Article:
Editorial: Washington must work to quell the Persian Gulf feud
Qatar and its neighbors need to mend fences to secure Asia's energy supplies
Several countries in the Middle East, including Saudi Arabia, the United Arab Emirates and Egypt, have severed diplomatic ties with Qatar over what they call its support for terrorist groups.
Saudi Arabia and Qatar are among world's biggest oil and natural gas producers, and the schism between them is a destabilizing factor for the world economy. The international community must urge them to mend their relationship.
Saudi Arabia, which took the lead in pushing for diplomatic action against Qatar, cites its ties with Iran and Islamic fundamentalist groups operating in the region. While Saudi Arabia and Iran have clashed over a number of issues, Qatar has taken a conciliatory posture toward Tehran.
Despite this, Qatar has joined in the U.S.-led military campaign in Syria, together with Saudi Arabia. It seems reasonable enough to demand that Qatar end its support for radical Islamic organizations, which makes its neighbors nervous. But condemning Qatar merely for its close ties to Iran only deepens divisions in the Middle East.
It is regrettable that U.S. President Donald Trump recently made remarks on Twitter that may be interpreted as supporting the decision by Arab powers to cut ties with Qatar. Both Saudi Arabia and Qatar are important U.S. allies. Qatar hosts a large air base that serves as a crucial hub for U.S. military operations in the Middle East. Washington should work to ease tensions between its two friends.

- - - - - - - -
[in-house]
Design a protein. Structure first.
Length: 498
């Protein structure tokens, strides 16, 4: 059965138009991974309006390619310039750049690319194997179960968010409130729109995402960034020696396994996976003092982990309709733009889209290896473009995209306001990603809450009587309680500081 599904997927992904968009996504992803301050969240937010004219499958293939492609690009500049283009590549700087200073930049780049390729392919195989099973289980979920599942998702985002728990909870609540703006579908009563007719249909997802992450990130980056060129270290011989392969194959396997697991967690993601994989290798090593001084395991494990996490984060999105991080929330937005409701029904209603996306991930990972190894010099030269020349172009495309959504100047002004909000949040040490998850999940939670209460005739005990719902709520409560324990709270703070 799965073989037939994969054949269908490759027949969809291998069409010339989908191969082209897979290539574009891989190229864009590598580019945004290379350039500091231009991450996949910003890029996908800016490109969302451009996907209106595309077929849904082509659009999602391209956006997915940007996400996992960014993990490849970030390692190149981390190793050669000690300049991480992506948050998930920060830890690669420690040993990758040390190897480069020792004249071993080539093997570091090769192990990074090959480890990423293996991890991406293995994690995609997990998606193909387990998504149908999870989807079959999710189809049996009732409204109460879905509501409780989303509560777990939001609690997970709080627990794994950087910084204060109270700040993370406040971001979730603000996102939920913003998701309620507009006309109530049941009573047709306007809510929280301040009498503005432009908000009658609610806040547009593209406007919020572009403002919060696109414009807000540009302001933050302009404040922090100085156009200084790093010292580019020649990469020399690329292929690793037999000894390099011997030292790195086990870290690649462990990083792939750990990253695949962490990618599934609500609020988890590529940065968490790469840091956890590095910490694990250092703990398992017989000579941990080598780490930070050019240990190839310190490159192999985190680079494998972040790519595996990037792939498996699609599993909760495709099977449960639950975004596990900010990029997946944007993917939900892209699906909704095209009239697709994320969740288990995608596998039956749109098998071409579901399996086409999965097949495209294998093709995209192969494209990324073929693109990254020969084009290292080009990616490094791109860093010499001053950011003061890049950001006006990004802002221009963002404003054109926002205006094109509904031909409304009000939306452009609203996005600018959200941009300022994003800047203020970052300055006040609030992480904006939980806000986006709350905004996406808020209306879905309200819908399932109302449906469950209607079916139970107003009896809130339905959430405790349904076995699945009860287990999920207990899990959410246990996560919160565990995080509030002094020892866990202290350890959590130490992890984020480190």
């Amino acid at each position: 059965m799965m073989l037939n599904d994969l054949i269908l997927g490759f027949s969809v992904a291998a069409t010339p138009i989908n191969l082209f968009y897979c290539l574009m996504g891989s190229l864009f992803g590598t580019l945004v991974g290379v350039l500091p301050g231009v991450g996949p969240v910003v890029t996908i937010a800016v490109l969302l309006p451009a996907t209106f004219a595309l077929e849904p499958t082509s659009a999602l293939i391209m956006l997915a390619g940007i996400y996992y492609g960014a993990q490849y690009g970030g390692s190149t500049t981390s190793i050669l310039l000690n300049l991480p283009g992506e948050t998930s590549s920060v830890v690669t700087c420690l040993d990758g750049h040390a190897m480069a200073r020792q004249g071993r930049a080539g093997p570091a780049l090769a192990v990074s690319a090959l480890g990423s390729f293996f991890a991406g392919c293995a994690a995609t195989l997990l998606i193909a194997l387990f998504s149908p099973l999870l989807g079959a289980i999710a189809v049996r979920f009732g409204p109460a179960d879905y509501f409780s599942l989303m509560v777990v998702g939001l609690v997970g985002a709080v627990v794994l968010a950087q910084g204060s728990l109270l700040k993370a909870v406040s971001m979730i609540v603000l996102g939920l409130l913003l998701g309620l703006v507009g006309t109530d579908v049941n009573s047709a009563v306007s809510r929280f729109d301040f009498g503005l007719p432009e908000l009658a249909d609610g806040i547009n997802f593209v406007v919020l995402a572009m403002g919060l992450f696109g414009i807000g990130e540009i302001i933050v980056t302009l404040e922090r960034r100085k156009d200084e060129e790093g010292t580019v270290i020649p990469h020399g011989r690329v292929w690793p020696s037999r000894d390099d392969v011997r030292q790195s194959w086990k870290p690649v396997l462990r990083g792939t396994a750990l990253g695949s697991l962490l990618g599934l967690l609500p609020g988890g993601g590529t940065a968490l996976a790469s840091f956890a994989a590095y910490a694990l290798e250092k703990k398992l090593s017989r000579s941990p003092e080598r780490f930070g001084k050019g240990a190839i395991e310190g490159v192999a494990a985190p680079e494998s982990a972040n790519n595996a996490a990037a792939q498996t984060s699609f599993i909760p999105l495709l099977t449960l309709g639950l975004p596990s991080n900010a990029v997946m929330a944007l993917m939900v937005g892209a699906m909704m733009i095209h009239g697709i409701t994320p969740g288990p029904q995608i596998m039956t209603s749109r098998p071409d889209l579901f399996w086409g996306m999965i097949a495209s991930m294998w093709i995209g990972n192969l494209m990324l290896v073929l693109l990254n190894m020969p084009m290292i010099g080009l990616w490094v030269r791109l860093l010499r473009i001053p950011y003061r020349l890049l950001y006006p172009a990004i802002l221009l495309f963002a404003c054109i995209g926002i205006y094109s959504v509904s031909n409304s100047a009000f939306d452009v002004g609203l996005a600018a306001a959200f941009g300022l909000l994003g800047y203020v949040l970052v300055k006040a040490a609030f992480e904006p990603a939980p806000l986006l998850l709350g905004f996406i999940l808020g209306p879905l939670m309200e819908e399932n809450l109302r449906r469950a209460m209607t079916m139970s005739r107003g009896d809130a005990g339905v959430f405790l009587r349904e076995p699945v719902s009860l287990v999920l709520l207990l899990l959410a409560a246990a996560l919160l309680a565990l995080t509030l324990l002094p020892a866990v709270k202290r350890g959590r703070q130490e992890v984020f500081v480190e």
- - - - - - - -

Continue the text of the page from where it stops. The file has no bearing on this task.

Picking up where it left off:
Around the same time that Riyadh and its allies were breaking off ties with Qatar, there were two attacks in Tehran, one targeting the Iranian parliament and the other hitting the mausoleum of Ayatollah Khomeini, who led the Iranian Revolution. The Islamic State group claimed responsibility for the attacks.
Iran, which has until now been largely spared such attacks, has become a new target for Islamic State militants. Washington and Riyadh, which are committed to wiping out Islamic extremist groups, must not oppose Iran in this instance but cooperate with it.
Large natural gas reserves have fueled rapid economic growth in Qatar, a tiny peninsular state with a population of 2.3 million. It has the world's largest production capacity for liquefied natural gas. The country is set to host the 2022 World Cup soccer tournament.
Saudi Arabia has closed its land border with Qatar, which imports many daily necessities from its larger neighbor, causing many in Qatar to begin hoarding supplies. Adding to the tensions, many flights linking Qatar with other Middle East countries have been suspended.
Consumption of oil and LNG is growing in Asia, where many countries are enjoying prolonged economic growth. Their dependence on OPEC states, including Saudi Arabia and Qatar, for crude oil is expected to rise in coming years. More Asian countries are using LNG as an energy resource. Thailand, for instance, has begun importing LNG from Qatar.
Instability in the Persian Gulf greatly affects Asia. There is a pressing need to heal the Middle Eastern rift.